Do You Need an Emergency Fund? Read This and Find Out

There's nothing more reassuring than money in the bank. Knowing you have a pile of cash standing by to see you through emergencies helps you breathe a little easier, and of course it makes good financial sense, too.

While general consensus is that emergency funds are a good idea, there are some among us who don't actually need them. Are you one of these people? Here's how to tell.

Do You Fit All of These Criteria?

If you can say yes to all of the following questions, there may be room for debate on whether you really need an emergency fund. Remember though: only if you fit all the criteria should you consider going without the safety net of an emergency fund.

  • Do you have a really good job? In other words, does it pay well, and is it secure, and are you confident that you're in good standing with your boss?
  • Do you work in a growing field? In other words, one which is projected to experience growth in the future, as determined by the Bureau of Labor Statistics (BLS)? The BLS maintains a gigantic treasure trove of data on the US job market, including how much every field is expected to grow in the next decade and more.
  • Do you have experience in your field that would allow you to get another job quickly and easily if you were to lose your present job?
  • Do you have the credentials (degrees and/or certifications) that would allow you get another job easily if you got laid off from your present job?
  • Are your living expenses low enough compared to your income, that you could easily weather a period of time without pay?
  • Do you have assets that could serve as a financial safety net if you lost your job?
  • Do you have good credit, and it lots of it available? In other words, do you have room left on your credit cards to put expenses if your income were to suddenly go away?

If you answered "no" to any of these questions, then you should have an emergency fund. Let's assume you do need one, since most people do. Here's why:

Here's Why You Probably Need an Emergency Fund

The reason for an emergency fund is to have some money ready in case you lose your job or you suddenly have some other large expense.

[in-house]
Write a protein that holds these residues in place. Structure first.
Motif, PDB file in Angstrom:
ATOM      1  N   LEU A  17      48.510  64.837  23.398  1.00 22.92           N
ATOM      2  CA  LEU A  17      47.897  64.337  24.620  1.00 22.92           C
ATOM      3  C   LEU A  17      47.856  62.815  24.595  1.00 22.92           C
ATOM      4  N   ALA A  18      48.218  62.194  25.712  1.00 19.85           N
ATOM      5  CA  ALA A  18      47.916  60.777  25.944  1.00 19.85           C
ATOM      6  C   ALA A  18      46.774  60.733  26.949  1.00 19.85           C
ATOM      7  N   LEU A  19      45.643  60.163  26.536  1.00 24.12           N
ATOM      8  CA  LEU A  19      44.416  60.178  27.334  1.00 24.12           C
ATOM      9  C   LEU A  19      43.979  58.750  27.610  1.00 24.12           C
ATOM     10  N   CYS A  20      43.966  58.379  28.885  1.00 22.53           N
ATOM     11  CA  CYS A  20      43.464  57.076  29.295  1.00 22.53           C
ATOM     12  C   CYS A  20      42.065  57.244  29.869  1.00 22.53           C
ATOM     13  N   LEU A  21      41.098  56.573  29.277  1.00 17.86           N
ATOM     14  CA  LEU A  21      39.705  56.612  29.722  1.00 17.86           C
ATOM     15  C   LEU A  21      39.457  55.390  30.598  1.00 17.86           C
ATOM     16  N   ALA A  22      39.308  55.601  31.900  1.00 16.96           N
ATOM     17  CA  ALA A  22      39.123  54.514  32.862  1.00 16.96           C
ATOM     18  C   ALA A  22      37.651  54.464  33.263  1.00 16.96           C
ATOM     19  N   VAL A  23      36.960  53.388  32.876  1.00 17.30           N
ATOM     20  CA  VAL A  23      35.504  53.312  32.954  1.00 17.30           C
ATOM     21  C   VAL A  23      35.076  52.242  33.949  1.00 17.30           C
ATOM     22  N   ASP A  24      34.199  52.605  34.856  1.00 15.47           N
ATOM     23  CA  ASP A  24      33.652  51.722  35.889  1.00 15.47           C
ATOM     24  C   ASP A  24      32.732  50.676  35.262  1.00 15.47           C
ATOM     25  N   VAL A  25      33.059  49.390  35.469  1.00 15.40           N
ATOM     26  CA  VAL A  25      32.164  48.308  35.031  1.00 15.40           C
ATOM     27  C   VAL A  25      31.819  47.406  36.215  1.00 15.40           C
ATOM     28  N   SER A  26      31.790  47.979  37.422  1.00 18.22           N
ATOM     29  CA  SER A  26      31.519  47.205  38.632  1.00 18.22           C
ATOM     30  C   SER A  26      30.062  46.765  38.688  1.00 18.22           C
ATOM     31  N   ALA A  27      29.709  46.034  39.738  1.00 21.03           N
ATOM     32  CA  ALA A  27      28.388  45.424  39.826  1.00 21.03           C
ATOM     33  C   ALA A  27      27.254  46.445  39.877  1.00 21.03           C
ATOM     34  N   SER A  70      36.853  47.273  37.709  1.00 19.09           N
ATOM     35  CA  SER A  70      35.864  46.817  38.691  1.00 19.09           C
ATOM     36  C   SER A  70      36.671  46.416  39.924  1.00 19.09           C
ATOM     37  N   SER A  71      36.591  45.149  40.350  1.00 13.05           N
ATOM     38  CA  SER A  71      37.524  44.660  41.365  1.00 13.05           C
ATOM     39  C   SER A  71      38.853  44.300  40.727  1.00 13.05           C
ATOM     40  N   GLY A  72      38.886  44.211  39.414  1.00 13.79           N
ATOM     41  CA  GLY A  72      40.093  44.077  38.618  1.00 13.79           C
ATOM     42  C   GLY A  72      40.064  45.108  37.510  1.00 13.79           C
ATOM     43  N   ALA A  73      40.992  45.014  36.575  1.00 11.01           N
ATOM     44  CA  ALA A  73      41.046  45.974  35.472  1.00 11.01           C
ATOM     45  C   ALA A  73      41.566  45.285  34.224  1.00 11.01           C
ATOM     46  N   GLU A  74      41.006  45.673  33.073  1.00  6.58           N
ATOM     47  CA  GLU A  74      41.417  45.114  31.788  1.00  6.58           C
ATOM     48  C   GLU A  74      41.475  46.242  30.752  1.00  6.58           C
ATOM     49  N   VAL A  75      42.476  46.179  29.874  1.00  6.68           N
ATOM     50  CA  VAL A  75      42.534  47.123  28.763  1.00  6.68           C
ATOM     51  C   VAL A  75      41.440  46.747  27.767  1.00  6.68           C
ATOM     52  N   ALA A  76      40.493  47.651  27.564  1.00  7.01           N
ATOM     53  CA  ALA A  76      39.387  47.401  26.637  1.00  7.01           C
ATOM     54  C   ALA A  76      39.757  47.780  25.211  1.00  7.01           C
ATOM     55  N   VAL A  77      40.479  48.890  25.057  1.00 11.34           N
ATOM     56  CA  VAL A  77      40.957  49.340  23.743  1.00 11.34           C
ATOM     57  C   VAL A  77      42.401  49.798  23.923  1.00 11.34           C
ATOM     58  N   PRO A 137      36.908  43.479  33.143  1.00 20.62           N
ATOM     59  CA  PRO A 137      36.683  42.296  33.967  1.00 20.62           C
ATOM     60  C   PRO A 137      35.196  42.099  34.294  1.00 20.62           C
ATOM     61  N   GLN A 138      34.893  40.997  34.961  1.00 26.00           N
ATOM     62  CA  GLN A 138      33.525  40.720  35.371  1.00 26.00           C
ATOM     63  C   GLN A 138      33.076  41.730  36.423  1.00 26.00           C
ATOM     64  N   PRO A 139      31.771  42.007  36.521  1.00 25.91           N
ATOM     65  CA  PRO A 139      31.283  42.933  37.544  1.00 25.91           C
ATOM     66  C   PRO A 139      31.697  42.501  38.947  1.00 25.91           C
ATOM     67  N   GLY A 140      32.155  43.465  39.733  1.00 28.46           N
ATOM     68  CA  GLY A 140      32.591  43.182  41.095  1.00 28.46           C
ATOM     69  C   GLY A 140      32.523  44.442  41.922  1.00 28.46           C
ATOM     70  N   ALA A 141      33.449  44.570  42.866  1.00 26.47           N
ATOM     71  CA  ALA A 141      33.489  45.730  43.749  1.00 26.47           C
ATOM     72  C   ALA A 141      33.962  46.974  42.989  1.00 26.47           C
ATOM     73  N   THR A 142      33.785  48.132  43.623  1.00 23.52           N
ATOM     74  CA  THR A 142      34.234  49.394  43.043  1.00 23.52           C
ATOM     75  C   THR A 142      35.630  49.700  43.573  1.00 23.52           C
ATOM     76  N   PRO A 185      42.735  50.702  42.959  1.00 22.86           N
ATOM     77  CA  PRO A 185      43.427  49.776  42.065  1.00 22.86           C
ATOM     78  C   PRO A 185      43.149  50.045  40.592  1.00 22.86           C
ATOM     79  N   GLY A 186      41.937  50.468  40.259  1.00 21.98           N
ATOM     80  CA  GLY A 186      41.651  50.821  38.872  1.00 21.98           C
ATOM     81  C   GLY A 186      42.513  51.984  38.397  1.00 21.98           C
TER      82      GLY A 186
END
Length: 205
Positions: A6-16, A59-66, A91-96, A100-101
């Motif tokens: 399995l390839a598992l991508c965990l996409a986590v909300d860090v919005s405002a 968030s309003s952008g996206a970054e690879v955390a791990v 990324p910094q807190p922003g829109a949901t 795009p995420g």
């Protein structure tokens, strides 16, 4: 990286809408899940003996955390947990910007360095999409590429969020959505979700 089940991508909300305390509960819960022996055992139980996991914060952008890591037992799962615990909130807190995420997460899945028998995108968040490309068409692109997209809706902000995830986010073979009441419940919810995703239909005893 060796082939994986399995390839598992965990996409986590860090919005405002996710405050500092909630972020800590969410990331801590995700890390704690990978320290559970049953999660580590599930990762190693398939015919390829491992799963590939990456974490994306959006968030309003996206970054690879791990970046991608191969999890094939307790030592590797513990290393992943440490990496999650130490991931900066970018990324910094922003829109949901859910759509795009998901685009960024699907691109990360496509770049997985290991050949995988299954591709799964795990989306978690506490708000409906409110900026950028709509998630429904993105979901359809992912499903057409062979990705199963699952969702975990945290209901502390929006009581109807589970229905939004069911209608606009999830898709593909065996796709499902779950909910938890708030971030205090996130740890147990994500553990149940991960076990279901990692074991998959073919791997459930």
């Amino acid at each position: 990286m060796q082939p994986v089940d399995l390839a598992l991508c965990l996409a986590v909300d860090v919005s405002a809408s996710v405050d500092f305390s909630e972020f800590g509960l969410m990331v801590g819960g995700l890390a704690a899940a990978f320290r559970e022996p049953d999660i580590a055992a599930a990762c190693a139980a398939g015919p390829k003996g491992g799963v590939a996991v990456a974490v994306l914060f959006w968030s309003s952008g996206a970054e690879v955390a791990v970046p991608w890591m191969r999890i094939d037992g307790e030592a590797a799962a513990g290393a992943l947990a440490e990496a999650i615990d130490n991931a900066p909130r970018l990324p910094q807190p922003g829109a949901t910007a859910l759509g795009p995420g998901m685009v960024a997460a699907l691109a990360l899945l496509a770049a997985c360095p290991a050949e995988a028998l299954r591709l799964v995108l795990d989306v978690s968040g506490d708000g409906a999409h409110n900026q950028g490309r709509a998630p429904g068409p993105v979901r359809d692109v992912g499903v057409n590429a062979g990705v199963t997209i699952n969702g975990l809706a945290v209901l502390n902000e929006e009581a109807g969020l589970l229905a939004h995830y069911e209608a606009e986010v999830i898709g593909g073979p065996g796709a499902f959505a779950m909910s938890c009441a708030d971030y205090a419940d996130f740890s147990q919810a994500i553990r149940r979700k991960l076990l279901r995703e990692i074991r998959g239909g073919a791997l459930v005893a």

Emergency funds aren't for replacing your income in the long term. The money is put aside to bridge the gap between your sudden loss of income (or rise in expenses) and the point when you get it all in balance again.

For that reason, most experts would advise that you have saved up enough money to cover at least one month's expenses. That's the bare minimum, however, and some would actually recommend up to six months' expenses be covered in your emergency fund.

Some financial advisors might argue that having too much liquid cash in your emergency fund may cause you to miss out on other opportunities. It's called the "opportunity cost", just for that reason. Diverting too much money away from the stock market scares many advisors, which is why any more than six months' worth of expenses is generally thought to be overkill.

Basically, you should have enough saved up in your emergency fund to cover expenses for as long as it would take you to find a job. Aim for six months but until you reach that point, whatever you can manage is better than nothing.

Chris Hardy

Chris Hardy, CFP®, EA, ChFC®, CLU®, NTPI Fellow® is the Director of Planning and Investments at Paramount Investment Advisors, Inc., a fee-only wealth management firm located in the metro Atlanta suburb of Suwanee, Georgia. Chris specializes in providing clarity to his client’s financial vision through comprehensive and strategic wealth planning.

Chris and I became friends after meeting at NAPFA conference , and I asked him to write some thoughts on the need for an emergency fund as a guest topic for this site.

Chris Hardy | Paramount Investment Advisors, Inc.

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